Wednesday, August 6, 2008

Federal Appeals Court Green-lights Remote Digital Video Recorder(DVR)

The next-generation technology lets any cable subscriber with a digital cable box store TV shows on computer servers owned by a cable provider rather than having to have a separate DVR device in their home.

Cablevision's system was challenged by a group of Hollywood studios that claimed the remote-storage DVR service would have amounted to an unauthorized re-broadcast of their programs.

The Motion Picture Association of America, whose members include major movie and television companies, said in a statement it was reviewing the decision and "considering all legal options."

Cablevision, in arguing that control of the recording and playback was in the hands of the consumer, had relied on a landmark 1984 Supreme Court case which found Sony Corp. did not break copyright laws by letting viewers use videotape recorders to record shows for personal use.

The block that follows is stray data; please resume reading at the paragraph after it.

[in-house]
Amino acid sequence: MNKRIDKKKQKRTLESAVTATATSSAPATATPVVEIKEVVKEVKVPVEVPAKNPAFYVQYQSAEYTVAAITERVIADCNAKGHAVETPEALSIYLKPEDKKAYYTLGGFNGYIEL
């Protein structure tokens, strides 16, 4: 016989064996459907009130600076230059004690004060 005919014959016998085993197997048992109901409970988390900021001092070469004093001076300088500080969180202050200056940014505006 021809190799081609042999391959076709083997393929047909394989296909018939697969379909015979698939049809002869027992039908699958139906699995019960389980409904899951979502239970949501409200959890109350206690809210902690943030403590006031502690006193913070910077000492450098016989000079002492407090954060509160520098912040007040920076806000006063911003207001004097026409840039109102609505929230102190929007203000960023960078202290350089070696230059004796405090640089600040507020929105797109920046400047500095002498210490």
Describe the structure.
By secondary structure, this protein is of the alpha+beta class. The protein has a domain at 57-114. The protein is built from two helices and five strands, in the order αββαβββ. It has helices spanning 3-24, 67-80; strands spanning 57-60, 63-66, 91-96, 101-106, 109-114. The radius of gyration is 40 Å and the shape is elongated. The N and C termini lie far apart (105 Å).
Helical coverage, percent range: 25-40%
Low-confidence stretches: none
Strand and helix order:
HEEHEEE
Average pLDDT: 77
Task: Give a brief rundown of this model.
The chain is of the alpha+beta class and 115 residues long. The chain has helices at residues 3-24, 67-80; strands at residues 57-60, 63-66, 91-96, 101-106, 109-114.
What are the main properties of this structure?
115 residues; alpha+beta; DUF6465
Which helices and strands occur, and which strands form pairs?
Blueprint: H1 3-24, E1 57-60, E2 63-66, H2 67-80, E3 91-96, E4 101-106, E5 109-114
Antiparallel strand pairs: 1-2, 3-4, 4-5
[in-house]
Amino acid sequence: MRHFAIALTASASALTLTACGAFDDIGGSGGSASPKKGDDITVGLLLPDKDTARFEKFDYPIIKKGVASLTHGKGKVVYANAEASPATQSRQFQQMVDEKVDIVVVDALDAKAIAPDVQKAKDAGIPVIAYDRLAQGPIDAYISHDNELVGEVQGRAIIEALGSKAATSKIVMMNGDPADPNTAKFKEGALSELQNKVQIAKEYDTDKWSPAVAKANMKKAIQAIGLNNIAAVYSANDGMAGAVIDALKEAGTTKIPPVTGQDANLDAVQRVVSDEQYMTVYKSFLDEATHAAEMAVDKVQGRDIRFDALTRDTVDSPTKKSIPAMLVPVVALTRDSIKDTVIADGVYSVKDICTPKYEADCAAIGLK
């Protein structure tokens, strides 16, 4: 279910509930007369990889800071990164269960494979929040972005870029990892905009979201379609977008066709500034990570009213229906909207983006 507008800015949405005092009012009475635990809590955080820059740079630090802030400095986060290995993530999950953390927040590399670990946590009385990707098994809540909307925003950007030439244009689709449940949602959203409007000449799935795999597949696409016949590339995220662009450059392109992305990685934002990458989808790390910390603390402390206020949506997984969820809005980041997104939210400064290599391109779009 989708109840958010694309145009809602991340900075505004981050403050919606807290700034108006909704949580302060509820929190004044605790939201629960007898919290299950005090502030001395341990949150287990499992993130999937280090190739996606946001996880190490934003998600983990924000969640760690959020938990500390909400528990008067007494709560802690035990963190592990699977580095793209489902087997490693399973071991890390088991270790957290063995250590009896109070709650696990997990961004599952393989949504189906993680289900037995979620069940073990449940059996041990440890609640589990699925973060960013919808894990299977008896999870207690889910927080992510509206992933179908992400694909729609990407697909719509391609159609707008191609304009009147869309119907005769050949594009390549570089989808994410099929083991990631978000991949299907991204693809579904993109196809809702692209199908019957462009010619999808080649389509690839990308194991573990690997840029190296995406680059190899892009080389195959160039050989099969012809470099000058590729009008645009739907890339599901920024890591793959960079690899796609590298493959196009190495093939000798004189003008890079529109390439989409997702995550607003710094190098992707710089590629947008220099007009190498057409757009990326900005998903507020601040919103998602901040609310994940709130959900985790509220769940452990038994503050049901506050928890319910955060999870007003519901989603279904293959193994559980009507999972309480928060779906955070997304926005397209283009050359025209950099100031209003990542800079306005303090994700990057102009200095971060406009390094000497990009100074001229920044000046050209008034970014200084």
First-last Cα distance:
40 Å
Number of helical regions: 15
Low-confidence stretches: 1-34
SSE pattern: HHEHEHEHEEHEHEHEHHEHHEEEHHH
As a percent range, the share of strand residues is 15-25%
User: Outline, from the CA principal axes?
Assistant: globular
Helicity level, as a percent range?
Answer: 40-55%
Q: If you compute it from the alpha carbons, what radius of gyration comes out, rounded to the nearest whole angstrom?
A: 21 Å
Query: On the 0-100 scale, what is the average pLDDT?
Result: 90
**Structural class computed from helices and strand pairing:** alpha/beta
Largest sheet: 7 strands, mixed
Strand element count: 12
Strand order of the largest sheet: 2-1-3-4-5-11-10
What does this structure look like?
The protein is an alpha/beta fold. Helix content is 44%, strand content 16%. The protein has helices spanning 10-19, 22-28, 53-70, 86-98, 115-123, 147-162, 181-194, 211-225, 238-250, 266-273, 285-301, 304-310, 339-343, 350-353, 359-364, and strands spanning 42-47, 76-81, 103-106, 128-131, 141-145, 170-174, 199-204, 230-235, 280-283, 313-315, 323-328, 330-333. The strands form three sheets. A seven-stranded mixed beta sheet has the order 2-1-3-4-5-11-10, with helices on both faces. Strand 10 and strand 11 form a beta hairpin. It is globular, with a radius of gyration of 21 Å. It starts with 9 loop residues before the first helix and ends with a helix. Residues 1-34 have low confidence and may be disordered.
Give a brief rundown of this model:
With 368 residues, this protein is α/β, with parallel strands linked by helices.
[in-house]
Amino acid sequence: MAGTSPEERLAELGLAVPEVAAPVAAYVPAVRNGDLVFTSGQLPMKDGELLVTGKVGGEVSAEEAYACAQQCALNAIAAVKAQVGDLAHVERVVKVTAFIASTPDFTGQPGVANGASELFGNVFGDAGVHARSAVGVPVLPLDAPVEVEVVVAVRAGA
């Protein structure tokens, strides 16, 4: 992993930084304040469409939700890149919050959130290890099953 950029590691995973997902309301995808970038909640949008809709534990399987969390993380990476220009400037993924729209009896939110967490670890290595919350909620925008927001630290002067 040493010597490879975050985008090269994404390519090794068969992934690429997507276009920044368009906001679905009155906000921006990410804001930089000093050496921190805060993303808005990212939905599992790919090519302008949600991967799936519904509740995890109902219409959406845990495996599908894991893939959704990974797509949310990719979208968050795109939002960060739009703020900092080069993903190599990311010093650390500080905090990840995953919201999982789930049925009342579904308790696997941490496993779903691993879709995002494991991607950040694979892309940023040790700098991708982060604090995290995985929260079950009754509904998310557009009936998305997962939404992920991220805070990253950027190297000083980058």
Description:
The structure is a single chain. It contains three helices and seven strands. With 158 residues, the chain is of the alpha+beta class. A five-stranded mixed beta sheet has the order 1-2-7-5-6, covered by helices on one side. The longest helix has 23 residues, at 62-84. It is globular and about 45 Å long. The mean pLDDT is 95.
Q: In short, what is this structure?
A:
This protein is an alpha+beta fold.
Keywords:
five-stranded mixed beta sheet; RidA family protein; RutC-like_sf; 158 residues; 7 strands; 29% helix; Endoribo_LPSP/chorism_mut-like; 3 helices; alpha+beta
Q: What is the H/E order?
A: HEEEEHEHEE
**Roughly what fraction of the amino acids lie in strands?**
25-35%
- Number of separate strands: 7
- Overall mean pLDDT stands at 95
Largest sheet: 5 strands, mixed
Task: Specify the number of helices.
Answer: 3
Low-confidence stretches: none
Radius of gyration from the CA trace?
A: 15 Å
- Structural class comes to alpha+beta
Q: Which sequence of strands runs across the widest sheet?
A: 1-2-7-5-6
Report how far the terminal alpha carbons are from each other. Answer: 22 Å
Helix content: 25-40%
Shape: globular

Craig Moffett, a senior cable analyst at Sanford C. Bernstein, said the ruling "sent shock waves to every corner of the media landscape" by taking the availability of DVR-like function from 25 percent of U.S. homes to nearly 50 percent.

That means many more viewers would be taping shows and watching them when they choose, likely fast-forwarding past commercials. The ad-zapping ability of DVR devices has broadcasters and advertisers worried that fewer people will watch commercials.

The case has been closely watched in the industry as cable companies increasingly offer digital video recording services to their customers, and Moffett said it was likely to end up at the U.S. Supreme Court.

In its ruling, the appeals court said it did not see much difference between the user of a VCR and the user of a DVR.

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